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Microsoft launches new Teams features to support the future of global education

microsoft | June 17, 2020

Microsoft today announced ‘Teams for Education’ features to engage and prepare students and teachers for new remote and hybrid learning formats in the upcoming school year. These features include expanded audience view of up to 49 participants, custom backgrounds, class insights, and virtual breakout rooms, among other new features. Surveying nearly 500 members of the Microsoft Education community, comprising teachers and institutional leaders from around the world, Microsoft found that there has been a strong uptake in the use of remote learning tools. 61 percent expect to begin the next school year in a hybrid learning environment—a mix of remote and in-person learning—and 87 percent said they expect to use technology more in physical classrooms.

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Microsoft’s "Minecraft" is for learning 50 million downloads of free education content.

Microsoft | May 21, 2020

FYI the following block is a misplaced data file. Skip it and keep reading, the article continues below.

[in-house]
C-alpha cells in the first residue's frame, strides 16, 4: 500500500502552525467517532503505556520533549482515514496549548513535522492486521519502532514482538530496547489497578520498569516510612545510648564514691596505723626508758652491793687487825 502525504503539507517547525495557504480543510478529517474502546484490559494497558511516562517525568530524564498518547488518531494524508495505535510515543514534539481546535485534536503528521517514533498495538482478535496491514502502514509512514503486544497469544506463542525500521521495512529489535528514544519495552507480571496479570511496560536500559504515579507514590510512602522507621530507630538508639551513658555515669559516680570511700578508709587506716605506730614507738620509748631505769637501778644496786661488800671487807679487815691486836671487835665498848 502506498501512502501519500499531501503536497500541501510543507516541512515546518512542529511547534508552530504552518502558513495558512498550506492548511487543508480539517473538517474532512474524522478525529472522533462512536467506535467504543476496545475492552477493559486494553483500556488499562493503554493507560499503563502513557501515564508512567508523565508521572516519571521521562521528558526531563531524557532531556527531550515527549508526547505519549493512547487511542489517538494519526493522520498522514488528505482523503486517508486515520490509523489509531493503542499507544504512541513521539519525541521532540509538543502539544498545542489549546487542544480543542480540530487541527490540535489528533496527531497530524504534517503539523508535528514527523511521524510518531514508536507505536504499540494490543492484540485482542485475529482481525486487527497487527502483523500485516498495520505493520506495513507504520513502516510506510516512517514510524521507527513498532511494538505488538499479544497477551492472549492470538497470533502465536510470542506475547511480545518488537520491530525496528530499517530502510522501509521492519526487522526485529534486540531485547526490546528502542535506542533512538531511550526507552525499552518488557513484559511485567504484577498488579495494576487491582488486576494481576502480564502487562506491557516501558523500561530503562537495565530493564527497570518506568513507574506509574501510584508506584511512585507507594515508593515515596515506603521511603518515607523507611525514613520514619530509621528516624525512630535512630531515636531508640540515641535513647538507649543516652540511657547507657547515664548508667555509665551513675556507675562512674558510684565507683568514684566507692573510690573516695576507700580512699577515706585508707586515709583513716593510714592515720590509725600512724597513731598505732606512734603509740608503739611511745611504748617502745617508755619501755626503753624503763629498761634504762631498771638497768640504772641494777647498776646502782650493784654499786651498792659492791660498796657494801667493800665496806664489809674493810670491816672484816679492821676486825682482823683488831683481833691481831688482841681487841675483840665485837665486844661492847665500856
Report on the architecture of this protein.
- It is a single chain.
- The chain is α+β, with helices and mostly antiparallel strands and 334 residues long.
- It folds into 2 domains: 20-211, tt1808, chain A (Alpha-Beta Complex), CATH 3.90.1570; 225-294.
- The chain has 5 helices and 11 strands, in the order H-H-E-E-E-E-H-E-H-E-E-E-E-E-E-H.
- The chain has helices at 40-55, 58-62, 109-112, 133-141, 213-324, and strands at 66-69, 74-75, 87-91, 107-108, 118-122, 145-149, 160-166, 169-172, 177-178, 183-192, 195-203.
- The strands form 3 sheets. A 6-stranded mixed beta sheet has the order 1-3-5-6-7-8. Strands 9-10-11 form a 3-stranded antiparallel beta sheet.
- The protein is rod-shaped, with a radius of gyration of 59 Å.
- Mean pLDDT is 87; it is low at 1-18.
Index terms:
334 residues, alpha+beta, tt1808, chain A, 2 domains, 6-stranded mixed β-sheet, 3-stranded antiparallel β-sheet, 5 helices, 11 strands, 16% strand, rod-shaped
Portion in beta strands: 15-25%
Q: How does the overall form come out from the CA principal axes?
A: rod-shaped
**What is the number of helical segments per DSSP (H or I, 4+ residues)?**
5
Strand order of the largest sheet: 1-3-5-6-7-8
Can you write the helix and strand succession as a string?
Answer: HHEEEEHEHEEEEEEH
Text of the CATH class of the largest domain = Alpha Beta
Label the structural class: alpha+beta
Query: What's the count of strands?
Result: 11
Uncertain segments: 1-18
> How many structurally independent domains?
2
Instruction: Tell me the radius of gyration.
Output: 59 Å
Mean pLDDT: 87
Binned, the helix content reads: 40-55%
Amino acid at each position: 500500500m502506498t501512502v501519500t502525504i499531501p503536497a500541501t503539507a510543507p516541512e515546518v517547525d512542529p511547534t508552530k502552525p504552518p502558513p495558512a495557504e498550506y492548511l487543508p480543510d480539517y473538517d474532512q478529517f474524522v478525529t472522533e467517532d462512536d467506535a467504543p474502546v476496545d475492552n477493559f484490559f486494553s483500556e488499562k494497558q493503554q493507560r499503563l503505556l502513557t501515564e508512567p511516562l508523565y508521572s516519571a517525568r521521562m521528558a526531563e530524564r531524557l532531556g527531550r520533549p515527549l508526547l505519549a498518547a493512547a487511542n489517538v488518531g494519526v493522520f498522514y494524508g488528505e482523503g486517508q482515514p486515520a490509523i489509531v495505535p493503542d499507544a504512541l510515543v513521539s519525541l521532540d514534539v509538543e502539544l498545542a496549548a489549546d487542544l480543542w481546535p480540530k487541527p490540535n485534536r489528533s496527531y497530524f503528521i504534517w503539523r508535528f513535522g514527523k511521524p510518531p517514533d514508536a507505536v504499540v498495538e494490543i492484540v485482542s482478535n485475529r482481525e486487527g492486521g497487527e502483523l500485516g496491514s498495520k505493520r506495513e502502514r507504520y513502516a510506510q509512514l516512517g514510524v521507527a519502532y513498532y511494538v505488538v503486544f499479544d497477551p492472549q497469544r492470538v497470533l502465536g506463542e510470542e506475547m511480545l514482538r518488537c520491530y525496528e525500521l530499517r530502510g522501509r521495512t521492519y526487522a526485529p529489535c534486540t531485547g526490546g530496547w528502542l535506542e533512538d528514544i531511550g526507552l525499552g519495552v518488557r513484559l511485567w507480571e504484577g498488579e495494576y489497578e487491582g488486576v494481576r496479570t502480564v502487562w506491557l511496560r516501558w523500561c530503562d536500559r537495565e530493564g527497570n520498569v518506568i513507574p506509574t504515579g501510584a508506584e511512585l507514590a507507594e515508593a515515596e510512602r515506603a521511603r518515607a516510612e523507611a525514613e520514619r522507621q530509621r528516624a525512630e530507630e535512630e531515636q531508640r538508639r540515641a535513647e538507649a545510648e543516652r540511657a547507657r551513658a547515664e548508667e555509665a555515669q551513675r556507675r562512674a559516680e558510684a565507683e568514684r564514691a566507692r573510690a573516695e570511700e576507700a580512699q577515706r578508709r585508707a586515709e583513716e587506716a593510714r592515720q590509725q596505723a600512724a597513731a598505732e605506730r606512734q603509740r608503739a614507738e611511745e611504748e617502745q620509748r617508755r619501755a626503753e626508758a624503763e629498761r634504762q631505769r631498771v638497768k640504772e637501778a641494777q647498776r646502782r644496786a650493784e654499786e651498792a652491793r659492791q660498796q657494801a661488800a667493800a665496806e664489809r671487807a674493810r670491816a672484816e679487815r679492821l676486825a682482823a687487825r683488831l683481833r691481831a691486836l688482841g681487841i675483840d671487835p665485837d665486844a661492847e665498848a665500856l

Minecraft,” the Microsoft-owned game known for its user-driven content has been at the forefront of mainstream games that utilize educational content. Much of this content, which was at first fueled by educators in the “Minecraft” community before Microsoft brought it in-house. Minecraft: Education Edition” has for the last few years played host to virtual curricula that have allowed students to visit and learn about global monuments. Minecraft, the Microsoft-owned game known for its user-driven content, creative use of blocks and monsters that come out at night, has been at the forefront of mainstream games that utilize educational content. The studio’s “Minecraft: Education Edition” has for the last few years played host to virtual curricula that have allowed students to visit and learn about global monuments, sharpen math skills, understand coding or take puzzle-filled explorations to places as varied as the human body or a NASA-approved jaunt into the International Space Station. Much of this content, which was at first fueled by educators in the “Minecraft” community before Microsoft brought it in-house in 2016, had previously been available only to schools and teachers and worked in tandem with Microsoft educational accounts. In March, however, Microsoft made an assortment of “Minecraft’s” popular educational tools available for free, with easier access for all players via the “Minecraft Marketplace.” And players have flocked to it. Microsoft reports that there have been more than 50 million downloads globally of educational content since it was made available for free March 24. It’s further evidence that virtual worlds are not just places to play or escape but vessels to learning, connecting or even taking part in digital events. Just this weekend, for instance, “Minecraft” was home to a mock commencement ceremony for UC Berkeley, which featured remarks from Chancellor Carol T. Christ alongside musical performances. It was one of many “Minecraft” graduation ceremonies happening around the globe. Learn more: GOOGLE LAUNCHED READ ALONG, AN AI ANDROID APP HELPING KIDS IMPROVE READING SKILLS . “Microsoft reports that there have been more than 50 million downloads globally of educational content since it was made available for free March 24. It’s further evidence that virtual worlds are not just places to play or escape but vessels to learning.” ~ Microsoft Says The UC Berkeley event, said Helen Chiang, the studio head at “Minecraft” developer Mojang Studios, happened organically. When viewed alongside more commercially minded endeavors, such as rapper Travis Scott unleashing a single in “Fortnite” via an interactive experience that attracted more than 27 million participants, this pandemic moment is arguably accelerating an entertainment and cultural landscape in which persistent and evolving virtual worlds don’t just live alongside content crafted by traditional media gatekeepers but become equally as vital. “Minecraft: Education Edition” has for the last few years played host to virtual curricula that have allowed students to visit and learn about global monuments, sharpen math skills, understand coding or take puzzle-filled explorations to places as varied as the human body or a NASA-approved jaunt into the International Space Station.” How it all evolves is something of an unknown, as evidenced by the fact that “Minecraft’s” own educational suite was birthed via the game-playing community rather than with the company behind it.“The example right now of universities and college campuses,” says Chiang, discussing “Minecraft” graduations at schools around the globe, “it actually would have been really difficult for us to re-create all these colleges. The fact that we have a tool that passionate Berkeley students can go build their campus, and passionate MIT students can build their campus, that’s where the magic happens. It is not that we do all of these things.” While no one knows yet how the gaming audience will shift when the world begins to emerge from the grips of COVID-19, it’s become clear that interactive entertainment is uniquely positioned for this moment. Almost daily we discover inventive tactics that users are wielding — not just via “Minecraft” or “Fortnite” but also “Animal Crossing,” Nintendo’s friendly, task-filled game that has become a coronavirus-era phenomena.“Minecraft,” which is turning 11 and is considered by many to be the top-selling game of all time, has now sold more than 200 million copies, says Chiang, and boasts 126 million active monthly players. In April alone, the game saw a 25% increase in new users over the previous month. People are also playing together — “Minecraft’s” multiplayer sessions surged 40% in April. While “Minecraft’s” popularity has never been in doubt, as Mojang Studios gets deeper into the game’s second decade, the company has been looking to expand the “Minecraft” brand. Mojang recently released the augmented-reality mobile game “Minecraft Earth” and on May 26 will issue the hack-and-slash game “Minecraft Dungeons” across multiple platforms. Learn more: EDTECHS DESIGNED THE BEST APPLICATION OF VOICE TECHNOLOGY IN AWS CHALLENGE. WHICH GETS YOUR VOTE?